"Set the Bar High" - For IT Pros Newsletter -February 2015
 February 2015

Set the Bar High

Henry Ford is reported to have once said, “Whether you think you can or think you can’t - you’re right.”

That’s great insight. Too often people place self-imposed and artificial limitations on themselves. They tell themselves that they cannot accomplish something because they aren’t smart enough or don’t have enough creativity. They close their minds to the idea they can, in fact, succeed. Success, after all, is scary to many people.

As a leader, one of your jobs is to inspire your team. Help them to recognize and realize their potential. Don’t let them settle for something less than what they were created to be.

If you believe in your team and regularly communicate that belief in words and actions, you’ll be amazed at how much each person can accomplish.

I’ve found that people generally live up to my expectations of them. If I set the bar low, they’ll live up to it. If I set it high, they’ll rise to the occasion.

How high is the bar you’re setting?



I’ve got someone on my team that misses deadlines 5 or 6 times per year. That annoys me, but it never seems to be his fault. Sometimes another team didn’t deliver on their promises, or maybe a vendor didn’t provide information he needed. What can I do?


You’re not the only one facing this issue. This scenario is far too common, not only in business but in all walks of life. People don’t like to fail so they look for others to blame, especially when tasks have very specific deliverables with firm deadlines.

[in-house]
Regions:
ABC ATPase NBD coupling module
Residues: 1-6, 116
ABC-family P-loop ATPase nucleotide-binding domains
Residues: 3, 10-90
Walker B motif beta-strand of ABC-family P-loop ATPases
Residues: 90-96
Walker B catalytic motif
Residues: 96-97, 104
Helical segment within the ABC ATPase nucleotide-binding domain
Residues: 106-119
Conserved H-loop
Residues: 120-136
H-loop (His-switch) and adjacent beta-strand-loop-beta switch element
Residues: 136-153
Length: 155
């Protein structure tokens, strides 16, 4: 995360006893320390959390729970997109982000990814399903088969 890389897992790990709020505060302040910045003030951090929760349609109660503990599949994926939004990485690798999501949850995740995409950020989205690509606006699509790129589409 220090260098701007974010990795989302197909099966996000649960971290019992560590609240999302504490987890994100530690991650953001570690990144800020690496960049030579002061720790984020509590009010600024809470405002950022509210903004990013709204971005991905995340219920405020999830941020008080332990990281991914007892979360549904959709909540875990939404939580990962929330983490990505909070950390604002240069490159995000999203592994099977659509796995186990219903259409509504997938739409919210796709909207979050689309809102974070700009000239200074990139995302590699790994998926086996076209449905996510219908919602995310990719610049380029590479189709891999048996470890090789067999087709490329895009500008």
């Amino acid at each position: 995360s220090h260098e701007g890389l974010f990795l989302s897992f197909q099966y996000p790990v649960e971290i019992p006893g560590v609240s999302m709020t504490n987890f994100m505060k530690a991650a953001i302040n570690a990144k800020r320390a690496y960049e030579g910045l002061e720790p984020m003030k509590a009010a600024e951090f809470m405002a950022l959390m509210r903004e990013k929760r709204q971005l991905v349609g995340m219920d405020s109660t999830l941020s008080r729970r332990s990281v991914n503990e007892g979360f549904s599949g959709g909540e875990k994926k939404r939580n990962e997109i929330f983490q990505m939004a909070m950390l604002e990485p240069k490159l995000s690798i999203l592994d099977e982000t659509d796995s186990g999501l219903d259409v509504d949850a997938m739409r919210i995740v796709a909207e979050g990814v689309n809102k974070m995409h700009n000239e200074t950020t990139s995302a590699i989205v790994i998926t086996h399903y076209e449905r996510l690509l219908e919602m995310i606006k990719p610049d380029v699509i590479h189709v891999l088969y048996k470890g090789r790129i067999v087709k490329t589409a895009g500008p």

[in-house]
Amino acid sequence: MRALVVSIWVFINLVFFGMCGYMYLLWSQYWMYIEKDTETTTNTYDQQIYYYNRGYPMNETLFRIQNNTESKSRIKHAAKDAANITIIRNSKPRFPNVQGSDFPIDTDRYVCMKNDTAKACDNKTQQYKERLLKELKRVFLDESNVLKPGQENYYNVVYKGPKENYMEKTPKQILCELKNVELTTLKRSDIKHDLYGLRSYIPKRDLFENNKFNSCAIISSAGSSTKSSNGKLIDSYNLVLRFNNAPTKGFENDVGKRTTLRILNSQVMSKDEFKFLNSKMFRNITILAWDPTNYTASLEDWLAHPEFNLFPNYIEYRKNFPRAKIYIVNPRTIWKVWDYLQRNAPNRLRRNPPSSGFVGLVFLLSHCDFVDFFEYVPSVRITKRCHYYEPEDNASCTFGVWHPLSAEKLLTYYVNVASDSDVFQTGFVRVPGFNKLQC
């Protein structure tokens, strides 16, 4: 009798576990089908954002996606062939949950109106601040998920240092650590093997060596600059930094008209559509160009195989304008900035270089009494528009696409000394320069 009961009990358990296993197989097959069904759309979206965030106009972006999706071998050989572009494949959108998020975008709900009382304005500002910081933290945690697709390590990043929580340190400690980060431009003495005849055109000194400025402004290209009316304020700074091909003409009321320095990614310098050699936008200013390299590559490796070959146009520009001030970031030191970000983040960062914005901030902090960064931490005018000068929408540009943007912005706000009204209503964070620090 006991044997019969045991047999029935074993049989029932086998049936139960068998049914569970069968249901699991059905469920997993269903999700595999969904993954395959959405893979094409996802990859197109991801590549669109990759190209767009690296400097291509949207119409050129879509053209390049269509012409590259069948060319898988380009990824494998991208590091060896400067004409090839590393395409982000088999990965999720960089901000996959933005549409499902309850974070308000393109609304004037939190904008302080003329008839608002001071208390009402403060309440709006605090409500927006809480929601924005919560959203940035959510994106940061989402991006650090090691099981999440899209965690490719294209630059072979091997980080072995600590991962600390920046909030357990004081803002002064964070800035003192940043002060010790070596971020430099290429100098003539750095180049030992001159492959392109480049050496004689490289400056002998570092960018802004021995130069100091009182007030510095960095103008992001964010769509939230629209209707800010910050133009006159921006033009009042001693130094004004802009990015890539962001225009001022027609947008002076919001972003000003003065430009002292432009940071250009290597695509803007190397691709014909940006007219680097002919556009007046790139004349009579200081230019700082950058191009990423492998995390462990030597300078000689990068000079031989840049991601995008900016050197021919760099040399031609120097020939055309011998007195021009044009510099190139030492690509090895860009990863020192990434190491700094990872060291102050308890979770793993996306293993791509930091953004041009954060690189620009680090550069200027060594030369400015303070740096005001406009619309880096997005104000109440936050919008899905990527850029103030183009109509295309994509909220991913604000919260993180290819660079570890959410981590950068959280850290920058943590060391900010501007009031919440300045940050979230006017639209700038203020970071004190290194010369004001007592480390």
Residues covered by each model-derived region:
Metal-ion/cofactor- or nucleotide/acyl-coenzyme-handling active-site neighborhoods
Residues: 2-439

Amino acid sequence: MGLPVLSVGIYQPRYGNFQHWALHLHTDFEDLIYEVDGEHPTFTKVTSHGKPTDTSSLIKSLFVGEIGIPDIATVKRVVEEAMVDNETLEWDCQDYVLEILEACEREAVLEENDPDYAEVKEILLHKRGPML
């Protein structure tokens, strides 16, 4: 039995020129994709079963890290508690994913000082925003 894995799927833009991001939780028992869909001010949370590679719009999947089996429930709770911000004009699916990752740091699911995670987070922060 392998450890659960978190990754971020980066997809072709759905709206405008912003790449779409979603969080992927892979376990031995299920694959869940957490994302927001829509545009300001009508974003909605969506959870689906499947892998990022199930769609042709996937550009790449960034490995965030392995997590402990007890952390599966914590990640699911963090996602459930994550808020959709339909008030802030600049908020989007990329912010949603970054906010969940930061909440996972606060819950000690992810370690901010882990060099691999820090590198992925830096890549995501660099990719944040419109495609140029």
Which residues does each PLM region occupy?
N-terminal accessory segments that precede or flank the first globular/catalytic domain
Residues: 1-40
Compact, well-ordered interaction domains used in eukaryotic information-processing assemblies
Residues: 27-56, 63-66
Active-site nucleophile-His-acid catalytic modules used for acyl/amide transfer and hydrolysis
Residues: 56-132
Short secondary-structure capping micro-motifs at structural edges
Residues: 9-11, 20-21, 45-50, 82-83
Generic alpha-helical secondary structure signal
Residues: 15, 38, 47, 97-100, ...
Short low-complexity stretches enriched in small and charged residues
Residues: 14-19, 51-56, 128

The thing to remember is that you assigned the work to this individual. He is responsible for accomplishing it. If he requires input from another person, another team, or even another company, that’s part of the task that you’ve assigned. He must realize that he owns that as well as the things he can do himself. Obtaining information from others is part of the job.

You can address this a couple of ways. First, while delegating the task, make it clear to him that this task may require input from others and that he is responsible for seeking out and obtaining that information. Ask him to regularly report his progress to you. Coach him on ways to handle situations where others are becoming roadblocks for him. Be careful not to solve his problems or to take back the task from him. Help him to accomplish those tasks.

Second, if he unexpectedly misses another deadline and blames someone else, give him feedback. Share with him the importance of timely and accurate progress reports. Communicate that he owned all aspects of the task, including those things being done by others.

By helping him to recognize his ownership of the issue, you’ll help him to grow as an individual.

The High Cost of Bad Bosses

Thanks to Matthew Pelletier, Director of Public Relations at C&S Safety Training Videos, for bringing this cool infographic to my attention.


Leadership Tip of the Month

"It's the little details that are vital. Little things make big things happen.
~ John Wooden

Recommended Reading

In This Issue

  • Set the Bar High
  • Ask FITP
  • The High Cost of a Bad Boss
  • Leadership Tip of the Month
  • Recommended Reading

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